Before it was known as British Petroleum, BP was called the Anglo-Persian Oil Company, then later the Anglo-Iranian Oil Company. When Prime Minister Mohammad Mossadegh nationalized the company in 1951, the British government asked the United States to cooperate in a coup plot to overthrow Iran's democractically elected government.
The 1953 coup and the 2010 oil spill in America's gulf coast are two of the most devastating calamities of the past 100 years. At the root of both of them is BP.
In the video below, Stephen Kinzer, author of the bestseller All the Shah's Men, explains BP's origins and legacy in Iran in this seven minute segment from his June 14, 2010 Democracy NOW! interview.
AMY GOODMAN: We turn now to America’s role in a changing Middle East. Israel has set up an internal inquiry into its deadly attack last month on the Gaza-bound flotilla of humanitarian aid ships. Nine Turkish citizens, one who also was a US citizen, were killed when Israeli commandos attacked a ship in international waters last month. Israel rejected a UN proposal for an international probe into the incident but has agreed to include two foreign non-voting observers in its own inquiry.
The United States has hailed the decision as, quote, "an important step forward." But Turkey’s foreign minister said, quote, "We have no trust at all that Israel, a country that has carried out such an attack on a civilian convoy in international waters, will conduct an impartial investigation." Turkish-Israeli relations appear to be at an all-time low following the flotilla attack.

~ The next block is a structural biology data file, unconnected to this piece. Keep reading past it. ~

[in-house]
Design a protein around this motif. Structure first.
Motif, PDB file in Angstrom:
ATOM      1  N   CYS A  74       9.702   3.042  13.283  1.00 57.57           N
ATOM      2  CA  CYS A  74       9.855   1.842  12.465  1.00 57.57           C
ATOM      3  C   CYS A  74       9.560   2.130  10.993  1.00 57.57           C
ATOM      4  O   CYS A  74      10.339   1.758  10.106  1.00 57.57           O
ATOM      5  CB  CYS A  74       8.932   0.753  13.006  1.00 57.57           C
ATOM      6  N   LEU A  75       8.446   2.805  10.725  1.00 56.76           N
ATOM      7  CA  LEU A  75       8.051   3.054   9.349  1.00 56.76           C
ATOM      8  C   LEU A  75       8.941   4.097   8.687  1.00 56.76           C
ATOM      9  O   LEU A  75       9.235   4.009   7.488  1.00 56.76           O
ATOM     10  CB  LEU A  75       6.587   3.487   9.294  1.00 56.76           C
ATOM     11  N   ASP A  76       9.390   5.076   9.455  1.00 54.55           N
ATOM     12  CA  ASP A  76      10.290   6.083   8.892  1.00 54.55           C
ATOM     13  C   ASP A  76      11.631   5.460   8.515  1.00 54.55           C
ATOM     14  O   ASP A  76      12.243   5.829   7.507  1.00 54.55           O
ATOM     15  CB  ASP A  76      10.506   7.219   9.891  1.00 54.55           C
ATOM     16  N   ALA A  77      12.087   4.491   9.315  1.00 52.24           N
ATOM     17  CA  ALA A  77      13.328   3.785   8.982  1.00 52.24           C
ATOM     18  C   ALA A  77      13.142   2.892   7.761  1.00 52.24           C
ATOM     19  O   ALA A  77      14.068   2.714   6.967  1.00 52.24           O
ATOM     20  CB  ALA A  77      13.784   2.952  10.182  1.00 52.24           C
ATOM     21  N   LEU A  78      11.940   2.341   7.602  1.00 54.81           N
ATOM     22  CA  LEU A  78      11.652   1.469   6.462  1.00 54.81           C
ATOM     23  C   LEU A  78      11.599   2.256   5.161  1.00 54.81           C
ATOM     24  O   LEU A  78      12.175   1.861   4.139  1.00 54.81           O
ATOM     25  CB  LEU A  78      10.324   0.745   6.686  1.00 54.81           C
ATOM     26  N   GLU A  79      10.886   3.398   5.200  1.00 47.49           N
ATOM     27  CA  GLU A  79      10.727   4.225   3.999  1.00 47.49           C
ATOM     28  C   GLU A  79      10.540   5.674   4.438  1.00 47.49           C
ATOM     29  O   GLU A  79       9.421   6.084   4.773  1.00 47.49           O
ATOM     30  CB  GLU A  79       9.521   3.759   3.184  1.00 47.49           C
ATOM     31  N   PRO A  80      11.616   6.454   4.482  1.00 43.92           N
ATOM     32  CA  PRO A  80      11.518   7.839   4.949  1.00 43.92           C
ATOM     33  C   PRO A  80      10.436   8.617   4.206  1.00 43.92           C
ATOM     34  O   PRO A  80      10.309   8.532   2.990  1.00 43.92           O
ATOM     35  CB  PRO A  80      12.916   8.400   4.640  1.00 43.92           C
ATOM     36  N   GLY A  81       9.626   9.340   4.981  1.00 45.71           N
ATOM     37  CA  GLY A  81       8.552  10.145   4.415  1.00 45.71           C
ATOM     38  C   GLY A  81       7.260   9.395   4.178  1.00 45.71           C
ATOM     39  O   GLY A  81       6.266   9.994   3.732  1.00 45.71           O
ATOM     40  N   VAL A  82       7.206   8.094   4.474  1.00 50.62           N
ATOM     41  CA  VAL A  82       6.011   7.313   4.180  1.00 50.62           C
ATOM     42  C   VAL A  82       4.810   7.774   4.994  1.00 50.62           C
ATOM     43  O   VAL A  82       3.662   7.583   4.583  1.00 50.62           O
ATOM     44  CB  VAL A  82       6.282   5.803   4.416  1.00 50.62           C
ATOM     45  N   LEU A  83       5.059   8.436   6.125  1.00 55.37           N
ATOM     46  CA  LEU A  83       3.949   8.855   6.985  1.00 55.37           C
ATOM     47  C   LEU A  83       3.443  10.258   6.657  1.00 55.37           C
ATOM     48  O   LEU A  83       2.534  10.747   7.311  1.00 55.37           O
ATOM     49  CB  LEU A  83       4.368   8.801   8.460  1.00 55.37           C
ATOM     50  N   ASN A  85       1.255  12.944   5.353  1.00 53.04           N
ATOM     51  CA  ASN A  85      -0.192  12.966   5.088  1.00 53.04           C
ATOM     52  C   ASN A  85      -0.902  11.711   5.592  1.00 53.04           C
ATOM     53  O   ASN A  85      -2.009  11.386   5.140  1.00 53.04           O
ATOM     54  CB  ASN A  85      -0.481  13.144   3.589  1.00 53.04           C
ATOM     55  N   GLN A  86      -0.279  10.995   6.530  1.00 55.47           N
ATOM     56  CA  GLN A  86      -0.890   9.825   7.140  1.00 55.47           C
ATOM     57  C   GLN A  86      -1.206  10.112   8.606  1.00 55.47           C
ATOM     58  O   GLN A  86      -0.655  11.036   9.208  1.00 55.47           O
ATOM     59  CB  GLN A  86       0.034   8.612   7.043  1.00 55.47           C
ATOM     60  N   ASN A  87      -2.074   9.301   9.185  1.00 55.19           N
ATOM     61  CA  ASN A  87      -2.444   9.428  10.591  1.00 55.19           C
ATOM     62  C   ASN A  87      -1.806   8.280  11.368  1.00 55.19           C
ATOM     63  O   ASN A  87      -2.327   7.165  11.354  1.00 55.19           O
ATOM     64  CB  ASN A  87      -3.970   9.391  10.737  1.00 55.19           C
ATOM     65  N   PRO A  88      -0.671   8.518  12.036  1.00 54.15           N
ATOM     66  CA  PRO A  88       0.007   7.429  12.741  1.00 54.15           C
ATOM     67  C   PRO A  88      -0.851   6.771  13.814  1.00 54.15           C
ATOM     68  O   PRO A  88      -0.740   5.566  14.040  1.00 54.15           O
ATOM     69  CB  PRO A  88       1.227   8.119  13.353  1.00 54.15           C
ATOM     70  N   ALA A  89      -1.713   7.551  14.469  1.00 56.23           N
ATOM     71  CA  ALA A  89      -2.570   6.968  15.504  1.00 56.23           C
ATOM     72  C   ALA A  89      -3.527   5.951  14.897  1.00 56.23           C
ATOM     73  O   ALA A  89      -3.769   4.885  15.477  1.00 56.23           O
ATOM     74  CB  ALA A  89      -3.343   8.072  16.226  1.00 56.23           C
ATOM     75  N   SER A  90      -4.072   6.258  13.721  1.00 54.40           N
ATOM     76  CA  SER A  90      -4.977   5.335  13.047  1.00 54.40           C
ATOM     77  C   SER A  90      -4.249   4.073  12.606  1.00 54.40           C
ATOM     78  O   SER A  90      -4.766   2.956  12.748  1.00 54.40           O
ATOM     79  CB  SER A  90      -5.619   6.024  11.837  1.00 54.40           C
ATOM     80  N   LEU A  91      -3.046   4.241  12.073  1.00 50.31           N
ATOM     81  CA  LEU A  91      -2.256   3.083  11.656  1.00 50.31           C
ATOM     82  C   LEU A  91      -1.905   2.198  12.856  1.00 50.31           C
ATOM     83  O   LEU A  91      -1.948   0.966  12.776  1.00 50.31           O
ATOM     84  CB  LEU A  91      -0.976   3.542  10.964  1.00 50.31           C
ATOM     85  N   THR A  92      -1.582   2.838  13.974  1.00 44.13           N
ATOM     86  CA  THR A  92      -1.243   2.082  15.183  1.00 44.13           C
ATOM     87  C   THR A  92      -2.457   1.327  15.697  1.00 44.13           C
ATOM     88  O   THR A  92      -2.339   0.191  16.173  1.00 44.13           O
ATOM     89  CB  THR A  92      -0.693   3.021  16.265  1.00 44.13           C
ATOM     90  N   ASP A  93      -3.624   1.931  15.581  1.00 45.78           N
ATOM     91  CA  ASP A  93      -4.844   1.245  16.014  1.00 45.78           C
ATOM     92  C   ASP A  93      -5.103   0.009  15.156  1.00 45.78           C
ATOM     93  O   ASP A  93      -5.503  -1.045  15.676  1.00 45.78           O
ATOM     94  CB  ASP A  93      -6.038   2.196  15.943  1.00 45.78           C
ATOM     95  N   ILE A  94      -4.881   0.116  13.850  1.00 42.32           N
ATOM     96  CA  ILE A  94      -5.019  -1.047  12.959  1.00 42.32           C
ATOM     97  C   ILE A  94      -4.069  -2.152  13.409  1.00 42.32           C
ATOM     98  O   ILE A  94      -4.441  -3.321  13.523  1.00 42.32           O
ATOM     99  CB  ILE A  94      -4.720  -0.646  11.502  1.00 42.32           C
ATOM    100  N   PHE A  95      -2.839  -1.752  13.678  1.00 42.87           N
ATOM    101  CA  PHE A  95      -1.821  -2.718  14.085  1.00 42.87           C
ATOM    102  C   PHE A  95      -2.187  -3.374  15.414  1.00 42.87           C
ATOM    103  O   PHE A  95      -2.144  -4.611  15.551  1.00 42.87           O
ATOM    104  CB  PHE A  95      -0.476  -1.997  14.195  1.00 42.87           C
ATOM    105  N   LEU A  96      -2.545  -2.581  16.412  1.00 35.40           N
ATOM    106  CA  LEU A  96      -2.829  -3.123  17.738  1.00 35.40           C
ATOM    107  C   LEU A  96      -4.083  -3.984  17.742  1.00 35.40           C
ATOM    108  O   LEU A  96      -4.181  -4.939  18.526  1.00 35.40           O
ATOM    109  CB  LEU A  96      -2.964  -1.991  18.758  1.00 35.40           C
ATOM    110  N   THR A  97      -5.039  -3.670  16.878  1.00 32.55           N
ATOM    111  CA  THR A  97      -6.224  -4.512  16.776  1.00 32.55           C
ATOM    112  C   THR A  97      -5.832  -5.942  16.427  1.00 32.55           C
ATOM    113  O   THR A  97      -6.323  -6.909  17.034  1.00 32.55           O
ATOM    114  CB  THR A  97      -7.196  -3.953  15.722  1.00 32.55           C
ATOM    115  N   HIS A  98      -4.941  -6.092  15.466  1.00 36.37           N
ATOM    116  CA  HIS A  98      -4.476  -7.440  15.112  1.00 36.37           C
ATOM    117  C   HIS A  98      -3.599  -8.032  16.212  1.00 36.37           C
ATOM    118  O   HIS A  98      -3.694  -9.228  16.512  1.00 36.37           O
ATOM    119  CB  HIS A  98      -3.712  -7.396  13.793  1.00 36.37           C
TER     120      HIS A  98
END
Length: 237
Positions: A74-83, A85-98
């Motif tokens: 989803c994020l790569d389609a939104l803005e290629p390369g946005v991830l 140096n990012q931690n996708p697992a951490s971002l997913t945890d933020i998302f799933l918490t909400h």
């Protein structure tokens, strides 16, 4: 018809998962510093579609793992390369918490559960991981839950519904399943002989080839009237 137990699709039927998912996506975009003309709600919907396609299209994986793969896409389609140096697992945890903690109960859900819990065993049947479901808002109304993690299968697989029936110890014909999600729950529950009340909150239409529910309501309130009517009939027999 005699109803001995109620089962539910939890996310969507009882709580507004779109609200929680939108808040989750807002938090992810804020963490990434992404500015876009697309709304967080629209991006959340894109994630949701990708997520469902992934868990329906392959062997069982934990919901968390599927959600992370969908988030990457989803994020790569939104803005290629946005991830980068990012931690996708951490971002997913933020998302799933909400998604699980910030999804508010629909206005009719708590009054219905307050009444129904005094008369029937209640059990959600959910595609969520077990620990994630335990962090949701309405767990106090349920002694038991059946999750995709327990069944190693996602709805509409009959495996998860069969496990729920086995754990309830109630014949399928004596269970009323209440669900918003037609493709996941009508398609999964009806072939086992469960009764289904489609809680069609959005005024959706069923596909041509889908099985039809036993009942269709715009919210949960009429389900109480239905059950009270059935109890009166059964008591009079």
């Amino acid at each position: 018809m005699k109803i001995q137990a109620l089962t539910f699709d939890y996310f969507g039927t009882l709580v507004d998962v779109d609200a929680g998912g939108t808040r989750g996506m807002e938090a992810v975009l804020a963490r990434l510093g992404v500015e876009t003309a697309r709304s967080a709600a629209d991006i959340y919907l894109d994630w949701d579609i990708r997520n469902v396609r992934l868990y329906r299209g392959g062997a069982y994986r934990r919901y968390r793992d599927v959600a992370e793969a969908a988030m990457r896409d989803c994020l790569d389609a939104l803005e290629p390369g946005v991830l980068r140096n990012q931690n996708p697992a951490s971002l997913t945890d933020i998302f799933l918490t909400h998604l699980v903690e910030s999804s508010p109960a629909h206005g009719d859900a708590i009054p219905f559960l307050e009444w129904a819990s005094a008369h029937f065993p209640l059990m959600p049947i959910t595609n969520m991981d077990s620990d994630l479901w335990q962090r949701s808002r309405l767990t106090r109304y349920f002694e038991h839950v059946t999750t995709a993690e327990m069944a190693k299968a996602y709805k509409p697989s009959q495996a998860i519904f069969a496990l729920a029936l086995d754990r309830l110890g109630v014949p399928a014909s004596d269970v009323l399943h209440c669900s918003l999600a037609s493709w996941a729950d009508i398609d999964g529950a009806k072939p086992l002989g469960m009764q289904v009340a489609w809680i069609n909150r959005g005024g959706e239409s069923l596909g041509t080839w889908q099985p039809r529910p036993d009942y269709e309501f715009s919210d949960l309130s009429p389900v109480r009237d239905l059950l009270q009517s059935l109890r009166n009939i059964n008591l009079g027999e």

Meanwhile, Turkey, along with Brazil, negotiated a nuclear fuel swap agreement with Iran and then voted against a UN Security Council resolution last week that imposed another round of sanctions on Iran.
Well, award-winning journalist and bestselling author Stephen Kinzer is out with a new book that looks back into history to make some sense of these shifting alliances in the Middle East and to chart a new vision for US foreign policy in the region. The former New York Times correspondent is the author of a number of books, including All the Shah’s Men: An American Coup and the Roots of Middle East Terror and Overthrow: America’s Century of Regime Change from Hawaii to Iraq. His latest book, out this week, is called Reset: Iran, Turkey, and America’s Future. Stephen Kinzer joins me now from Washington, DC.
Welcome to Democracy Now! It’s great to have you with us, Stephen.
STEPHEN KINZER: Great to be with you again, Amy. Thank you.
AMY GOODMAN: Actually, I want to start where you—descriptions and analysis you gave in your previous books, which you continue in Reset, and it has to do with BP. Before we get to Turkey and Iran and Israel currently, I wanted to go back in time. President Obama has gone down to Mississippi, and he’s going to be in the Gulf Coast for a few days. But there’s very little discussed about BP’s history, and I’m wondering if you could start with us there.